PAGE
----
seen anything like it within OR outside of the Star Wars universe. And
the storyline finally catches us up to the Classic Trilogy, and those
that were disappointed by Episodes I and II will not be disappointed
here. If it's still in the theaters by the time this review is posted --
believe me, I'm no fan of movie theaters myself. It takes a LOT to get me
into one. This one NEEDS to be seen on the big screen. So finish reading
this review and then find out when the next showing is.

Anyway, to continue. The Clone Trooper is advertised on his own package
as having "14 points of articulation." While that's technically true, it
unfortunately makes the Clone Trooper sound like he comes up a little
short compared to other highly articulated toys, like Marvel Legends or
whatever, which routinely advertise on the high side of 30. And granted,
the Clone Trooper is no Marvel Legends figure. But those 14 points of
articulation manage to do a WHOLE lot!

The figure has a ball-jointed head, allowing for a wide range of movement
that would normally give most people whiplash. He's articulated at the
shoulders, which move not only forwards and backward, but also outwards.
The elbows are articulated both with a forward-moving and rotating swivel
capability. The wrists are articulated. There's a mid-torso articulation
that lets the figure bend slightly forward and backward at this point, as
well as swivel around, doubling for waist articulation. The legs are
articulateed, and here is the only point where the figure comes up a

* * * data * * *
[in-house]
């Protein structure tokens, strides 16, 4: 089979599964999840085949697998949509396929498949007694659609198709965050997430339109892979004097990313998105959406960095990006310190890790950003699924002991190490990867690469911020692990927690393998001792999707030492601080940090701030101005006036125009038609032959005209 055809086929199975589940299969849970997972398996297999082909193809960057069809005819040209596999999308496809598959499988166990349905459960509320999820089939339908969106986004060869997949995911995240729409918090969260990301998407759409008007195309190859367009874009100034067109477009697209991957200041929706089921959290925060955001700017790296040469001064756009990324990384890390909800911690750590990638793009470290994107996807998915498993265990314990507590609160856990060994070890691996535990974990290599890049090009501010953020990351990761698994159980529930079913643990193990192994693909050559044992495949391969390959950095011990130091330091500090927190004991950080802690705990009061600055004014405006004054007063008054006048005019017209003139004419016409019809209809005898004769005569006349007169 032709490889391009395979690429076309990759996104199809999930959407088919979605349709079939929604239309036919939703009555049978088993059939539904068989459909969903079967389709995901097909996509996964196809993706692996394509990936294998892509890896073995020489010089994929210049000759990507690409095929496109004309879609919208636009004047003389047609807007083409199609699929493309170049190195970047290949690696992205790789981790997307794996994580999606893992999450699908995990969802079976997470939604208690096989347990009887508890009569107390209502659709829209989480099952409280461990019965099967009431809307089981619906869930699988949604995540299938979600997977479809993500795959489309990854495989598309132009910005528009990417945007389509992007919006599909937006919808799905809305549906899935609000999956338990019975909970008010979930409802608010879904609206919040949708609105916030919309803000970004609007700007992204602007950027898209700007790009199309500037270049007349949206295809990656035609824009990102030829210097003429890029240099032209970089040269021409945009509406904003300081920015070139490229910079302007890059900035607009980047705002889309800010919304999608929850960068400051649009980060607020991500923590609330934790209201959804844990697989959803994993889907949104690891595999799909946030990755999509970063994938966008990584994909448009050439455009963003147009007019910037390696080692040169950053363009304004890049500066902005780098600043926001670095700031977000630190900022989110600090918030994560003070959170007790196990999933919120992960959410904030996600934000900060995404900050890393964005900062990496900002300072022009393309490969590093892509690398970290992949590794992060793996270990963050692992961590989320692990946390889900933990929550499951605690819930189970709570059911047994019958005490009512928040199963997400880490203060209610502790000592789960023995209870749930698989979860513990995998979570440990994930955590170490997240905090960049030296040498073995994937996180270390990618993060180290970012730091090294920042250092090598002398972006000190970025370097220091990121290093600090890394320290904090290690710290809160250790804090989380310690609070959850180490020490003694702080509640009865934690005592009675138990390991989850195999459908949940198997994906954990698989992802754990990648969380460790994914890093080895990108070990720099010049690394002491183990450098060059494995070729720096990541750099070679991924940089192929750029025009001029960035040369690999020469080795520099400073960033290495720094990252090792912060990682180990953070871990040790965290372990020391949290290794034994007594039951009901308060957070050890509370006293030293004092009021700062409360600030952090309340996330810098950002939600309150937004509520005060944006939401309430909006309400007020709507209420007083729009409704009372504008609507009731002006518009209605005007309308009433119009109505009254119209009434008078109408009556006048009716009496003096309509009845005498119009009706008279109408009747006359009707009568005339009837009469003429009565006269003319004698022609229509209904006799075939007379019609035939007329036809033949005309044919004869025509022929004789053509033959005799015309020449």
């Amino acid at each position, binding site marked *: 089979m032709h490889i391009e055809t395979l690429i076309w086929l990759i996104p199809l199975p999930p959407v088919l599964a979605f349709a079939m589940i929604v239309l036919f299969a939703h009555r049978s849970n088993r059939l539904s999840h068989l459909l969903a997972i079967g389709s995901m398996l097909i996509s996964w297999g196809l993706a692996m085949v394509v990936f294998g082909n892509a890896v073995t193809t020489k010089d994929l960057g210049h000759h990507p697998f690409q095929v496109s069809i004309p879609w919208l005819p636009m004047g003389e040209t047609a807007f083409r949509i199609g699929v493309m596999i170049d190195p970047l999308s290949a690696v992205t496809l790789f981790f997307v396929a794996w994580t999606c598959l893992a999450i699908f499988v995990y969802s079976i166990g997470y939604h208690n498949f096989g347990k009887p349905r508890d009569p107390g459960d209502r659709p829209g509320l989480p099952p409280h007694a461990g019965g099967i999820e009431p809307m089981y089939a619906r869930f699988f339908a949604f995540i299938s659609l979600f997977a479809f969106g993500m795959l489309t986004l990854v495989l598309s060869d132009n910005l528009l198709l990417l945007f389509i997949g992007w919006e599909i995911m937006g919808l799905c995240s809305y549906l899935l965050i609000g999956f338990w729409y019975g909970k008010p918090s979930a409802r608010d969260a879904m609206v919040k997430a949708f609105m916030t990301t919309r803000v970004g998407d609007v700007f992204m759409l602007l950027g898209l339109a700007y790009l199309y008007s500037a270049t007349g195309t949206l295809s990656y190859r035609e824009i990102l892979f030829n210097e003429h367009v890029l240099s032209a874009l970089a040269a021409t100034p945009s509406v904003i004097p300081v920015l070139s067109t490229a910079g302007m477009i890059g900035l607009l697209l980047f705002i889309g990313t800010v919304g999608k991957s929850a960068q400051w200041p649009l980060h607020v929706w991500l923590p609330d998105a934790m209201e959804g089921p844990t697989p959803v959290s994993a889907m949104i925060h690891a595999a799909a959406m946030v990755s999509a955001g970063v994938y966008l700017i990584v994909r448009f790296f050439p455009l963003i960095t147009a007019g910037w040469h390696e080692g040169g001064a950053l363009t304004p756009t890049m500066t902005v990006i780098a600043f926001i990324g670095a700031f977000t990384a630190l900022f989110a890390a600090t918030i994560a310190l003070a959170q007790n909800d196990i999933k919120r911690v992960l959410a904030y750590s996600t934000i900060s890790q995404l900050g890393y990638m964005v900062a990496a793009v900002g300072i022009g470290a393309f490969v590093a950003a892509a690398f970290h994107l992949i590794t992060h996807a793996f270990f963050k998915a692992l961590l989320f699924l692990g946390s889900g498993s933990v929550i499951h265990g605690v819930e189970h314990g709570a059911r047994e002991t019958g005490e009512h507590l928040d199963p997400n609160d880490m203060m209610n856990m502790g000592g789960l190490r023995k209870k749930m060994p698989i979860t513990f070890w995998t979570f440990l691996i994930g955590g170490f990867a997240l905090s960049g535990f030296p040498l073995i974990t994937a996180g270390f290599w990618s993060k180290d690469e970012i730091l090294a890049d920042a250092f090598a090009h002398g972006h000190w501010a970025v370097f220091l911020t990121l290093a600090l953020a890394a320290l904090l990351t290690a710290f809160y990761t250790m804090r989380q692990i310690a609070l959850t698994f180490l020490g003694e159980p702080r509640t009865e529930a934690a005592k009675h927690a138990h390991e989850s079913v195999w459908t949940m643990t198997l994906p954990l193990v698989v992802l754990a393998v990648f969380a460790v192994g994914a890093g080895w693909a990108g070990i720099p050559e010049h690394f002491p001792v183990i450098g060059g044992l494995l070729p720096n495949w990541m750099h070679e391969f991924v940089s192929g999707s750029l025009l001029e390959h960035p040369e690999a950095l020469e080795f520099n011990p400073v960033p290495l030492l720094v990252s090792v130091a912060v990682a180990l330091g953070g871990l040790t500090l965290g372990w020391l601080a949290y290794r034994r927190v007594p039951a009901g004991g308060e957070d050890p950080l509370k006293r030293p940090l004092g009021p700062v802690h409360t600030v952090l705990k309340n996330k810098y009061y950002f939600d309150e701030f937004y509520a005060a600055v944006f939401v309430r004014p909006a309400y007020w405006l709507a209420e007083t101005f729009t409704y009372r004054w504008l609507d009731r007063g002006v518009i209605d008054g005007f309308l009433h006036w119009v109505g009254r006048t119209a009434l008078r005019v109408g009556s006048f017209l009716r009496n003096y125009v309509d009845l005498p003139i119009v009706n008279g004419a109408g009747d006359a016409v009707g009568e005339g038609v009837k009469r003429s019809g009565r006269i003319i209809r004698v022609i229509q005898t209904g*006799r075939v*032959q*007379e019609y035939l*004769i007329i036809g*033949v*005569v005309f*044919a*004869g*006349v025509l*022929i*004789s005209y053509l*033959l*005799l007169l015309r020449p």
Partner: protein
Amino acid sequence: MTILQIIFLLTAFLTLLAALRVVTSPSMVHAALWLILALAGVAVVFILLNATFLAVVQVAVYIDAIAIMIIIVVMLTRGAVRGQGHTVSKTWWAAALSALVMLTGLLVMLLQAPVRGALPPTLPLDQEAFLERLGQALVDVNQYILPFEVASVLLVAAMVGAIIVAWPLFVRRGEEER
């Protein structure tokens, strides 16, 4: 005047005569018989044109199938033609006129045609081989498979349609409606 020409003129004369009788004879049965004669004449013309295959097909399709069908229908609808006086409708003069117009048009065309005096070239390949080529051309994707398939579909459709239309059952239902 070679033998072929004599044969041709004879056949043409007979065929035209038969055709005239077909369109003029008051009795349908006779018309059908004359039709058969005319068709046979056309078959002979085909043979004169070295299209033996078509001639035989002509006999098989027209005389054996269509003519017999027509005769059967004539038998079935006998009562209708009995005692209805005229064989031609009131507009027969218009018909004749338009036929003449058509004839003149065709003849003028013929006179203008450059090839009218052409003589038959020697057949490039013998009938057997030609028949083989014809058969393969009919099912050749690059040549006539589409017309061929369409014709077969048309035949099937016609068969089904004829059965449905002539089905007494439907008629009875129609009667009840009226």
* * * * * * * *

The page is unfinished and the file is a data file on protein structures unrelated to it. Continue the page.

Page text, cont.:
little short. The legs move forward, and a bit backward, but not outward.
Still, the armor design doesn't really allow for this too well, so I
can't fault Hasbro too much. The knees are articulated so that they both
bend and swivel, and finally the ankles, which also bend and swivel. So
like I said, those 14 points manage to make for a really poseable figure!

If I have one complaint about the figure, it's that Hasbro elected to
paint battle damage on it. I HATE this practice. Fortunately, it's not
too bad. It's not as though they dipped the entire figure in some sort of
dry-wash paint. It's really just a few streaks of stenciled-on tan
"dirt". And I've got some cleaners here that should deal with it rather
handily without damaging the plastic. I'm assuming that Hasbro mostly
wanted to differentiate between this Clone Trooper and the "Quick-Draw"
one, but given a choice, if they had to do this, they should've dirtied
that one.

And here's a friendly customization note: If you've seen the movie, then
you know that there's a wide range of color patterns given to certain
divisions of Clone Troopers. The Super-Articulated Clone Trooper is of
the plain white variety. As such, it should be reasily possible, with the
proper picture references (and there's some excellent official books out
there), to make just about any of the divisions. Granted, I wouldn't be
surprised to see Entertainment Earth do just that in a year or so, so you
might want to wait a bit.

Anyway, for those who are enjoying the current Star Wars collection, and
want to perhaps build a small army of Clone Troopers, the one you've been
waiting for is finally out, and he definitely has my strong recommendation!